You're forgiven if the explosion of so-called "craft cocktails" over the past few years took you by surprise.
There have always been high-class clubs and top-tier restaurants putting together drinks with care and an eye toward the high rollers willing to splurge on some pricey hooch. But now it seems like every shot-and-beer bar or pizza pub has a staff mixologist on hand to put together a concoction full of exotic herbs and top-shelf booze.
Which is great. Truly. We love a world in which a quality cocktail is widely available. But the sudden emergence of omnipresent Moscow Mules and Sazeracs left many of us in the dark when it comes to ordering a drink.
With that in mind, we called on one of Spokane's expert cocktail crafters, Kristy White, for some guidance. White splits her time behind the bars of Bon Bon and Clover, making her a natural go-to for both experienced imbibers and the newly legal hoping to enjoy something tasty their next, or first, night out.
Like most savvy bartenders, White is quick to note that hers is a hospitality trade, and it's her job "to get people what they want and not make them self-conscious about it." Yes, if you order an Alligator Sperm or Alien Secretion — drinks White dubs "club cocktails" that often feature "whatever neon dream liquor of the moment is most popular"— she'll do her best to make it for you. But she's probably going to have to improvise.
If you want to get a great drink catered to your own taste, however, you'll let an expert like White take charge.
"What I ask people who don't know what they want is, what kind of spirit do they like in their cocktail? And that just means, what kind of base liquor do they want," White explains. "Do they want vodka? Do they want gin? Do they want whiskey or tequila? That will give me a good starting point."
From there, White burrows in. If you like "spirituous" cocktails, comprised of some liquor and some fortified wine or vermouth, White will take you one direction. If you like something with citrus juice, that's a different path.
I offered bourbon as my preferred spirit, and White quickly suggested two options, depending on my taste.
"A great introductory drink if you like citrus is a modern whiskey sour, which is bourbon, lemon juice, lime juice, simple syrup and a little bit of bitters. It's just a delicious, well-balanced cocktail, and it's not too sweet," White said. "If you like something more spirituous, I would generally recommend a Manhattan, just as something to start with, and that's just bourbon and sweet vermouth."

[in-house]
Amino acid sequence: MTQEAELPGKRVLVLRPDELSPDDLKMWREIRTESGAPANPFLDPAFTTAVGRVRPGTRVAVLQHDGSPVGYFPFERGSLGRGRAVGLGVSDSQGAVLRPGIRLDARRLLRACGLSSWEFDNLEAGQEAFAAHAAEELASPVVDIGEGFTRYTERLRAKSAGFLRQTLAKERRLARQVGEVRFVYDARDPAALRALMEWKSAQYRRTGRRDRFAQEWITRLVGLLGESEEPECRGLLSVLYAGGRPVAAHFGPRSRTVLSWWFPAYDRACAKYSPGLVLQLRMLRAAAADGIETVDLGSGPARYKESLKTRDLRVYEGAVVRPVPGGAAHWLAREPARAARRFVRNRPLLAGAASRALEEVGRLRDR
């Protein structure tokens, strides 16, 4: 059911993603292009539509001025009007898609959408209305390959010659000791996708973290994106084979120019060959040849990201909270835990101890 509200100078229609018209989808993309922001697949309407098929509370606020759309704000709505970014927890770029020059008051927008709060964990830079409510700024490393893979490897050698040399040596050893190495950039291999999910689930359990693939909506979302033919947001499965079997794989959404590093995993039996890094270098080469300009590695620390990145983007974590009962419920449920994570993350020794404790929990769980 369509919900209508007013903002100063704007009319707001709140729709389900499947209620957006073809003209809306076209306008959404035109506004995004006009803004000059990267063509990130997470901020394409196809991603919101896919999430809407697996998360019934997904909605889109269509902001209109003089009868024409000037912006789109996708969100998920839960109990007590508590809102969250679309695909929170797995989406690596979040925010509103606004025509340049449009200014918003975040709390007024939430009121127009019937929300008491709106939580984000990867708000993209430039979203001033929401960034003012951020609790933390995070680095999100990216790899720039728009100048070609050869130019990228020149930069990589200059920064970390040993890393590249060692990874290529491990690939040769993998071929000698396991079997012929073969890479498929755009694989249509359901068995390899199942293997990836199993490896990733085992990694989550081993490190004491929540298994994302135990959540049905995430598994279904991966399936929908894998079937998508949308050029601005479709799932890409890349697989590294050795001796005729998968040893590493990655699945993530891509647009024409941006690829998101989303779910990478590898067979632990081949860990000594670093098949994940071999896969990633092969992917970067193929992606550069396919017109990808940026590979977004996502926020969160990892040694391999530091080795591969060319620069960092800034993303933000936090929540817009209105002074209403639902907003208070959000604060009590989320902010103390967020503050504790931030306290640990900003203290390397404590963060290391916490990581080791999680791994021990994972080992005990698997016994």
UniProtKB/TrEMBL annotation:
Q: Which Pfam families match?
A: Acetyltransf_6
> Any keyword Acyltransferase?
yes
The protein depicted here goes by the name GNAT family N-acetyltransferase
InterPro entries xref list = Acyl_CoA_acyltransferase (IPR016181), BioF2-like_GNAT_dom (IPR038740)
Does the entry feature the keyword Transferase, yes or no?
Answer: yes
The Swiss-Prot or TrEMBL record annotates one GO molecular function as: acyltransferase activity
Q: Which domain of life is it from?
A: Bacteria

The Manhattan is indeed delicious, and it leads to an important tip from White: Always ask if the vermouth is refrigerated.
"It has to be cared for properly. Vermouth will go bad in a matter of days, two days, if it's not refrigerated," White says. "It will even go bad if it's refrigerated in three or four weeks. Nothing tastes worse than bad vermouth. So always ask before you order something with vermouth — martinis, Manhattans, any of those vermouth drinks." ♦
We hit bartender extraordinaire Kristy White (Bon Bon, Clover) with a few more questions about craft cocktails:
Inlander: What's a rookie move you see a lot?
White: If you come in after 9 o'clock at night and order a Bloody Mary, I'm going to card you. I will make you a Bloody Mary if that's what you want, but I will card you. And [at Bon Bon] and at Clover, as well, the drinks are two-ounce pours already. People ask for doubles, and I typically try to talk them out of it. It probably won't taste very good.
If someone walks in and asks for a "bartender's choice," what are they getting?
A lot of times I'll try out new cocktails, things I might like to put on a menu. I like to try them out on people and see what they think. I might take a particular spirit at a certain time that I'm experimenting with. It changes every day.
If I ask for a good "local" cocktail, what are you serving?
If you like vodka, there's a drink I really like called the Golden Stone Fly. It's Dry Fly vodka, lemon juice, Cocchi Americano, honey simple syrup and rhubarb bitters. It's fabulous.
What does a cocktail expert drink when she goes out?
If I go to a bar, a lot of times I drink beers and shots. If I want a cocktail, I go to a place where I know I can get a great cocktail. There are only a handful.
— DAN NAILEN